Today marks the end of the first week of the 2021 excavation season at the deserted medieval village of Castellaraccio di Monteverdi.
As a first summary, we have removed a good portion of the thick and wide collapse context in the second room of the keep. Unfortunately, this context is quite extended, and it will take some time before we can finish its removal. Nonetheless, we were able to date the circular hole that was visible in the center of the room. Most likely, this was done in the 1970s as we found remains of glass bottles and of a bullet at its very bottom. The hole cut the entire stratigraphy, showing an occasional section where the collapse continues for at least 1 meter, covering a context of roof-tiles that is just above a thick, yellow clay context.
The excavations of the building in the central part of the hilltop exposed an interesting context with stone chips and dark soil. On top of this, a hearth still contained a couple of testi (cooking dishes), one coin and a clay seal.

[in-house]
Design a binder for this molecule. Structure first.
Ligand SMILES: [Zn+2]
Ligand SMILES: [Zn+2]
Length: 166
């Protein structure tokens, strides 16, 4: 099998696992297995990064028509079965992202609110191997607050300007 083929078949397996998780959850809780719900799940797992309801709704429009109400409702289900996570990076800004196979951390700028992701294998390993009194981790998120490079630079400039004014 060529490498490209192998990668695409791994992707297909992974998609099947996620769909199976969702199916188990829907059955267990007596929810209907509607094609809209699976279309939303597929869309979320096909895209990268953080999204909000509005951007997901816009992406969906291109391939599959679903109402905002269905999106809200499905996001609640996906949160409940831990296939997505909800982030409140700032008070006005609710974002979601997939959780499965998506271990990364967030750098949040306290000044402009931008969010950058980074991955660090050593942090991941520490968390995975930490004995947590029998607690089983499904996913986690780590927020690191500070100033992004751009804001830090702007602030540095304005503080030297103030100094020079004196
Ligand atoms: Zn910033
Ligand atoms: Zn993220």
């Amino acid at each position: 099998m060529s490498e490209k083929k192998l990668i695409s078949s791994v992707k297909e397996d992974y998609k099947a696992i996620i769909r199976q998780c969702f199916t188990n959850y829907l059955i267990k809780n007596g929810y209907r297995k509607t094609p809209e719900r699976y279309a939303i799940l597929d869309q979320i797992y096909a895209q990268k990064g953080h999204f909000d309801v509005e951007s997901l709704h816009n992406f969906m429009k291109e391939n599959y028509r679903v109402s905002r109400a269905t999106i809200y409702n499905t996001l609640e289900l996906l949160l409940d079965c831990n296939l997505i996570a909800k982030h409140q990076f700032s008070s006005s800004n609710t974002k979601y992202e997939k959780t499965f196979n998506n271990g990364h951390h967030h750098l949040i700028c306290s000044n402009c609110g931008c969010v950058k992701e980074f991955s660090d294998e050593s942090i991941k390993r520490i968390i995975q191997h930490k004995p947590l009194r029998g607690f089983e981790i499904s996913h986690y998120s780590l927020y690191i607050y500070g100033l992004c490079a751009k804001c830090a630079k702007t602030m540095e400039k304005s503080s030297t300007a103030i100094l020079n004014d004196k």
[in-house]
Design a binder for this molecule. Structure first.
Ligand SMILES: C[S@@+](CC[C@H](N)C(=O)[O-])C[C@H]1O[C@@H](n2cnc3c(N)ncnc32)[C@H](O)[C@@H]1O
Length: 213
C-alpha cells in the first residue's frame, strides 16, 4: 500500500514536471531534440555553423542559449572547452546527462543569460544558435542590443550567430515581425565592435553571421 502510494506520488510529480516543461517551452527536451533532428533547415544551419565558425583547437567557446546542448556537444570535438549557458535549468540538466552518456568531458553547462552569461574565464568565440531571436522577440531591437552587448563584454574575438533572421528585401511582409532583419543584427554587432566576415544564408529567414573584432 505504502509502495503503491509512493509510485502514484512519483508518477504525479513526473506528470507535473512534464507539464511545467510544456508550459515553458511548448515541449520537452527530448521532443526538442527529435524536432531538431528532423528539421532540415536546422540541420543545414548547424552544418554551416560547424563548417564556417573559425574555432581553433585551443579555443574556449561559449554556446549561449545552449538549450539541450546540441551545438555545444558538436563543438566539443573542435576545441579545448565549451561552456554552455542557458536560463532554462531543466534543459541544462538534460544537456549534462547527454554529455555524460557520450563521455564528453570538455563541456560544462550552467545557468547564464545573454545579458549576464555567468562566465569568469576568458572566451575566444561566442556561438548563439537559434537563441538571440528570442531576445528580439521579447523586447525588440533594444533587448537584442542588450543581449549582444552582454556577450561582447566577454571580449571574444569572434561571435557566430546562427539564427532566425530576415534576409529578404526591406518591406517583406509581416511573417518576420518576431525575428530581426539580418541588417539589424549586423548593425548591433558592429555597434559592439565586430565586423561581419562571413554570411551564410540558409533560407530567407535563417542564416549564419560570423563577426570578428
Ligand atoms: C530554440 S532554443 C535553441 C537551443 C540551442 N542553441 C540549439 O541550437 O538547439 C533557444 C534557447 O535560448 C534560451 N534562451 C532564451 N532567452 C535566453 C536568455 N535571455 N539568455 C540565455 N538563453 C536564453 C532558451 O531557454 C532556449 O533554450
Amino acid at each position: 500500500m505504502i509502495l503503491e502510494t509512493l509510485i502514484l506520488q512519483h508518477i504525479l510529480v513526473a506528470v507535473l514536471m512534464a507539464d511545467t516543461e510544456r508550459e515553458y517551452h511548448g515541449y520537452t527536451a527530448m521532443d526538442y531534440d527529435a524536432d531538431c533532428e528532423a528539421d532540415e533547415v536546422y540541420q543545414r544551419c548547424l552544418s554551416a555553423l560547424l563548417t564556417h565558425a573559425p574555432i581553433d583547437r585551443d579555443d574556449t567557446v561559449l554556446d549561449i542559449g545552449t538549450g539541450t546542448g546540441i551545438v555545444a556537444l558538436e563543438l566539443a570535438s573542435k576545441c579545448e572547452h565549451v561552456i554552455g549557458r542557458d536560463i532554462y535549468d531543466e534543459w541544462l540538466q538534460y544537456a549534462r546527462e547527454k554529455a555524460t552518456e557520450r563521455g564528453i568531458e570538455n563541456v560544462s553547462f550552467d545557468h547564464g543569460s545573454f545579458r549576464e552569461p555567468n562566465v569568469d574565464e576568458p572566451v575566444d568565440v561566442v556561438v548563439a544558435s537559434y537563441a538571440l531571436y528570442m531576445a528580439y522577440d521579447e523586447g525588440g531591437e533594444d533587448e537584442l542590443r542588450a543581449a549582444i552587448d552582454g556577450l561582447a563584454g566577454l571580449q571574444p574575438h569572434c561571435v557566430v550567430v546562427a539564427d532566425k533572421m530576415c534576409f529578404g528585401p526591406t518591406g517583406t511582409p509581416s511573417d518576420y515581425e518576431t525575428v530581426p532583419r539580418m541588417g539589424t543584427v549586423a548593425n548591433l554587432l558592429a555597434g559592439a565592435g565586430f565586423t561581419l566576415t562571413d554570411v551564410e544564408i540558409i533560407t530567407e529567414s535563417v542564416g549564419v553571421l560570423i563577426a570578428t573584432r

On the exterior of the fortifications, we have uncovered parts of the elevations so to facilitate its understanding and analysis, especially with the portions uncovered inside the keep.
The removal of the collapse in the second room of the keep continues, while the team was divided to start the investigation of the building on the hilltop (Area 2000). Here, we removed the remaining part of the collapse, exposing context 37, composed of small stone chips and dark soil, rich in fragments of pottery and nails.
At the same time, we continue the cleaning of the external fortifications, exposing the wall and creating a passage into the forest.
While we continue to remove the collapse in the second room of the keep, we also decided to start the cleaning of the exterior portion of the fortification walls on the northern section. This will allow us to better understand the building technique and to compare it with what emerges inside the keep.
From tomorrow, we will also start again digging inside the so-called House 1, by removing the remaining collapse and see how the stratigraphy continues.